From Star Wars to Pitch Black, Dune to Starship Troopers, the trope of the desert planet is widely recognised. So widely recognised, in fact, that all you really need to show in any sci fi offering is a single scene with sand dunes – the audience will tend to assume that the entire planet is arid and desert-like, unless the plotline explicitly points out that this isn’t the case.
In fiction, the societies on such worlds, human or otherwise, tend to borrow heavily from desert dwelling cultures throughout human history. Sci fi depictions of nomadic people like the Bedouin once were are not uncommon. Likewise, the ever present space western trope as seen in shows like Firefly. Fictional desert planets may have a booming trade in water. They also, conveniently for film studios, often look a lot like certain parts of Southern California. In my opinion, this is one trope where the portrayal on the big screen is often a fairly good match for what such a planet may actually be like.
But what about real life desert planets? Well, the reason I’m discussing this trope now is that there’s quite definitely one actual desert planet which we all know about. Actually, this particular planet isn’t a lot like the ones you’ll see in the movies. It’s name? Mars. Yes, Earth’s butterscotchy sibling fits the definition of a desert planet surprisingly well. It’s arid, water there is scarce, and the little world is rocked by occasional planetwide dust storms. Being as it’s inevitably going to be the first planet colonised by humans, Mars is quite possibly destined to end up with rather a space western vibe about it too. We may be talking high tech pressurised rovers instead of wagon trains, but in some ways it’s not inconceivable that the colonisation of Mars may end up as some kind of interplanetary Oregon trail. Except hopefully without the dysentery.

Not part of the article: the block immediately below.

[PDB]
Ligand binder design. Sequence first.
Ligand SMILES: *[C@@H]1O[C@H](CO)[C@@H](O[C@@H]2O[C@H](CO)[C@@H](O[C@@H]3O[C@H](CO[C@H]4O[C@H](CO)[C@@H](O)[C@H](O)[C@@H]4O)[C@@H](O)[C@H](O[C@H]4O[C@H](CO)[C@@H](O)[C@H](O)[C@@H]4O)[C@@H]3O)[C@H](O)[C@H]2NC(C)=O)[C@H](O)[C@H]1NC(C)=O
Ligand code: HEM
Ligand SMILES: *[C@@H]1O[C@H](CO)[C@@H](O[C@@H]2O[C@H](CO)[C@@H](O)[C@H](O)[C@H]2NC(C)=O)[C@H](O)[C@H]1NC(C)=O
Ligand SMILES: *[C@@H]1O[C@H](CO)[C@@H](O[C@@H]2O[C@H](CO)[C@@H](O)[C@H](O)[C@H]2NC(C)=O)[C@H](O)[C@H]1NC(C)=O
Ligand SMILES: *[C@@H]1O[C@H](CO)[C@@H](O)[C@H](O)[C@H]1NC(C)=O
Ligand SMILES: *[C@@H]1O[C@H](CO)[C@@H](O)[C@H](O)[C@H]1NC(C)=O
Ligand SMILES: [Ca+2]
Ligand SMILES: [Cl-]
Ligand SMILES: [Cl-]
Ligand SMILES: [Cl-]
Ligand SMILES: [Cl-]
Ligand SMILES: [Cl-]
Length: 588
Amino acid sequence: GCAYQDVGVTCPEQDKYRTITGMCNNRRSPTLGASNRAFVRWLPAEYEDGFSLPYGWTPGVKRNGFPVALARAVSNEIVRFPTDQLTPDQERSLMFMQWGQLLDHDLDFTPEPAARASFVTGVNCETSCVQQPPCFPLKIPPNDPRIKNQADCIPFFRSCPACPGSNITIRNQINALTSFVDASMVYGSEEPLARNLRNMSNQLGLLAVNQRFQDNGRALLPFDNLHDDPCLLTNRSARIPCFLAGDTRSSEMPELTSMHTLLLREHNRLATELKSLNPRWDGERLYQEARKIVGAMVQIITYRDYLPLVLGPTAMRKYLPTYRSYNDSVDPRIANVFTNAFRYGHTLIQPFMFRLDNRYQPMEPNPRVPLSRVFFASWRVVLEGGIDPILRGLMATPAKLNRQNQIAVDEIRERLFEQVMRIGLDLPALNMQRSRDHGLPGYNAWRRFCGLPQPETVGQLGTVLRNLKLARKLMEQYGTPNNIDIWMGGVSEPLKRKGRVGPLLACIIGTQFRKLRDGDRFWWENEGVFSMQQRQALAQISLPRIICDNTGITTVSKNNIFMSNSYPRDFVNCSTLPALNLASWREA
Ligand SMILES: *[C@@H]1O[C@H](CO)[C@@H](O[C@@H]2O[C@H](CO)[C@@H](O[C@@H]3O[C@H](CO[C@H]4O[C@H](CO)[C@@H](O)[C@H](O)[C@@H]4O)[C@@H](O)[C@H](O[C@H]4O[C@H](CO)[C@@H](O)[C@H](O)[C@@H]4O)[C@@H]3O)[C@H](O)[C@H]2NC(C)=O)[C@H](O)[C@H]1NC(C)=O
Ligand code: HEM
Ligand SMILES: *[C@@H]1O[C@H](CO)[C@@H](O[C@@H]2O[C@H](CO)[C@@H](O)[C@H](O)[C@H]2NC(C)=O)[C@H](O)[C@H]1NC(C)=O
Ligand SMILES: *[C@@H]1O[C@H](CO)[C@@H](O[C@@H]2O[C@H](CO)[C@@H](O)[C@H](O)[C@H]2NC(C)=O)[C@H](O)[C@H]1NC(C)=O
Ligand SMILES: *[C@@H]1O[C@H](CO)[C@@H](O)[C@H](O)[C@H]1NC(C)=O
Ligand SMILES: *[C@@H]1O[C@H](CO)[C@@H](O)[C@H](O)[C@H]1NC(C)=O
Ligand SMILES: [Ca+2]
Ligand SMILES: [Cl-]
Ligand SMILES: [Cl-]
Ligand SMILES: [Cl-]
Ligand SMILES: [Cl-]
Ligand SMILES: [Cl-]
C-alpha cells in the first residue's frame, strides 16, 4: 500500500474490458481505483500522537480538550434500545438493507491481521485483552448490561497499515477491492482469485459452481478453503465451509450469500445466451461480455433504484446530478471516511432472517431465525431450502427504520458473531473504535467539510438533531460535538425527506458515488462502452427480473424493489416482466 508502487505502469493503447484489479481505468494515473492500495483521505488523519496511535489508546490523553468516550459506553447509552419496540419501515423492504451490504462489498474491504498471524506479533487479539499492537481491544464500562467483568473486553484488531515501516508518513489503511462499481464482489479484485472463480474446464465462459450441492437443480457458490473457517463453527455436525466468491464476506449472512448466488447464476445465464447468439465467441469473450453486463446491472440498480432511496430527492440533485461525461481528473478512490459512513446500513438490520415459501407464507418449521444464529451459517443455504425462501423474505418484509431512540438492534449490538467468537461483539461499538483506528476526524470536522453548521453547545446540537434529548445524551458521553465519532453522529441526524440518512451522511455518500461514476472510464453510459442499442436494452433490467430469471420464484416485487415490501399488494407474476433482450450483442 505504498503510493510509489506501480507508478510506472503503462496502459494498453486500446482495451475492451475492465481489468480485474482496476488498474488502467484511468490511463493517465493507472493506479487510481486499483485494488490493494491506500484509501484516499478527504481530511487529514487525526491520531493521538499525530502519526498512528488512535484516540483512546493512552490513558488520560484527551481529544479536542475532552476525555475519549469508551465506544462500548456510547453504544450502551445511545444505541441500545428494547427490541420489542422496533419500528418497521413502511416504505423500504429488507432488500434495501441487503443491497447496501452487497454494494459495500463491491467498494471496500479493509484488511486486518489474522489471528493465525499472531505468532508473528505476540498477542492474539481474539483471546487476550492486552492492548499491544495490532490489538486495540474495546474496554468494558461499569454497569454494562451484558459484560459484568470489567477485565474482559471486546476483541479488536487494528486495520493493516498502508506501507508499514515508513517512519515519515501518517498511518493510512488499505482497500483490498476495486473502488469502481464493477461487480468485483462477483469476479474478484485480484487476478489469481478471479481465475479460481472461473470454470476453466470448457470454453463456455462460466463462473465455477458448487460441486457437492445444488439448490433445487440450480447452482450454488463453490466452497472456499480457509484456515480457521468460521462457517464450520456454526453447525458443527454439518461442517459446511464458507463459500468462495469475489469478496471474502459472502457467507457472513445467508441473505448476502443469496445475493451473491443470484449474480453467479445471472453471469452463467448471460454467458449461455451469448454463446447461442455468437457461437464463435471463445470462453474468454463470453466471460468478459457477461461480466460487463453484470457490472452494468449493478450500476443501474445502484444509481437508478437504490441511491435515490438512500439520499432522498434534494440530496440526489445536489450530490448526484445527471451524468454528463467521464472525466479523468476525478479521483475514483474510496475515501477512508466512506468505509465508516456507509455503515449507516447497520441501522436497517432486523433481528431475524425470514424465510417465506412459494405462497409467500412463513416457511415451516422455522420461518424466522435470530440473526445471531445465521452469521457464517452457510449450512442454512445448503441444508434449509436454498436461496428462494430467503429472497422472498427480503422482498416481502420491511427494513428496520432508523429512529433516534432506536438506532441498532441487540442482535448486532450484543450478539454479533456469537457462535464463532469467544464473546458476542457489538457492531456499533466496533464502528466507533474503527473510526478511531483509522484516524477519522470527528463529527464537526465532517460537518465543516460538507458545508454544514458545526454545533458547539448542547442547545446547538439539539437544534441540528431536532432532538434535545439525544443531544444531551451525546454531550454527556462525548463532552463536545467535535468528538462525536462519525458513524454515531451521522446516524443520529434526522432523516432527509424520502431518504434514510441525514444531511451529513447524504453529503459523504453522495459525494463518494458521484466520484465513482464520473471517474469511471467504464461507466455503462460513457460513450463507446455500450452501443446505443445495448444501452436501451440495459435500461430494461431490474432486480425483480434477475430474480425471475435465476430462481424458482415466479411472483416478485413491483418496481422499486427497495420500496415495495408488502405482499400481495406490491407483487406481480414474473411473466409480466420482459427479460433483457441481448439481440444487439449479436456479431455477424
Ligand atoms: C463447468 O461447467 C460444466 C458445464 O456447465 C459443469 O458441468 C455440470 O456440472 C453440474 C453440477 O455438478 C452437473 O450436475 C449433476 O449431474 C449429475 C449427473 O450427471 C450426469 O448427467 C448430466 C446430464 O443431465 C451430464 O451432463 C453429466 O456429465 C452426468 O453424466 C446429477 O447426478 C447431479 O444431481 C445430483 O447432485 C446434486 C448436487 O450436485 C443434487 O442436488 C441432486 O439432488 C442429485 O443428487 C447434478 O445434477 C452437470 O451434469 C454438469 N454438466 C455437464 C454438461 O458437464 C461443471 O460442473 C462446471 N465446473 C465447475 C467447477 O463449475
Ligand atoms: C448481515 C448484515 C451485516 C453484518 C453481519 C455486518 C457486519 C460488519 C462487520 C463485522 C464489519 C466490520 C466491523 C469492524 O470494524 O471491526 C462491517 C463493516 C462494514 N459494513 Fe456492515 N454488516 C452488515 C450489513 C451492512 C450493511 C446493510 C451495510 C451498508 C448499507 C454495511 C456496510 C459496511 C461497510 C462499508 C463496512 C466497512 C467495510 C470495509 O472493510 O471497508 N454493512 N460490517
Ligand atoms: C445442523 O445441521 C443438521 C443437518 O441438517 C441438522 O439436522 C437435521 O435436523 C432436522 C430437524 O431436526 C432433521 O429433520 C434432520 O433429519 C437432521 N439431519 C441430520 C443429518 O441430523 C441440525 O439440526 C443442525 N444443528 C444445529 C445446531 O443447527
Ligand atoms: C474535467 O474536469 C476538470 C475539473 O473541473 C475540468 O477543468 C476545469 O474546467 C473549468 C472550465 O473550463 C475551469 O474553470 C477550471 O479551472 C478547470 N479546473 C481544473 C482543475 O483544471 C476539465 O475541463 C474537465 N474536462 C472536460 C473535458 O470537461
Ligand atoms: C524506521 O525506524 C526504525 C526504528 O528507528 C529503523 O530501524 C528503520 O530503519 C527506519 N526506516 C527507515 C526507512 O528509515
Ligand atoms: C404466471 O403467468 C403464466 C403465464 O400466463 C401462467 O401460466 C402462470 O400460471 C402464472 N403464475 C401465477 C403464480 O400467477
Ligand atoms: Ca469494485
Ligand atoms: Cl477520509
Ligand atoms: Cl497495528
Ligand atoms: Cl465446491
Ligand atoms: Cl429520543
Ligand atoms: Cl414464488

In the rest of the galaxy though, it’s been hypothesised by some that desert planets may turn out to be the most common type of habitable world. Simply put, when you account for desert planets, the habitable zones around stars are a lot broader. The same idea has led to the conclusion that, in the past, both Venus and Mars may have been quite hospitable to life. Though honestly, in terms of what we understand of them, the jury is still out on whether or not there’s any life on either of them right now.
Whether a verdant oasis like Earth truly is a minority or not is really not something we can speculate on right now – though there have been times in Earth’s history when most of the land was actually desert. Whether hot, cold, or simply dry, there isn’t really any one good definition of what a desert planet is right now. Probably because we don’t know of enough actual planets to form a definition just yet.
Whatever that definition turns out to be, chances are good that if the human race ever truly becomes a spacefaring species, we may very well find ourselves encountering desert planets out there in the galaxy. However, those planets are less likely to come with Jawas included.
A trope is a recurring theme in any narrative which conveys information to the audience. These are snippets of information which have somehow ended up in our collective subconscious as ways in which storytellers have gotten their points across. Overused tropes end up as clichés.
This article includes images from NASA’s Spirit and Curiosity rovers. It also features imagery from Star Wars Episodes III and IV, which are © Lucasfilm all rights reserved. Images are used here for the pusposes of discussion and critique, in accordance with fair use policies. Planetary image of Tatooine taken from Wookieepedia.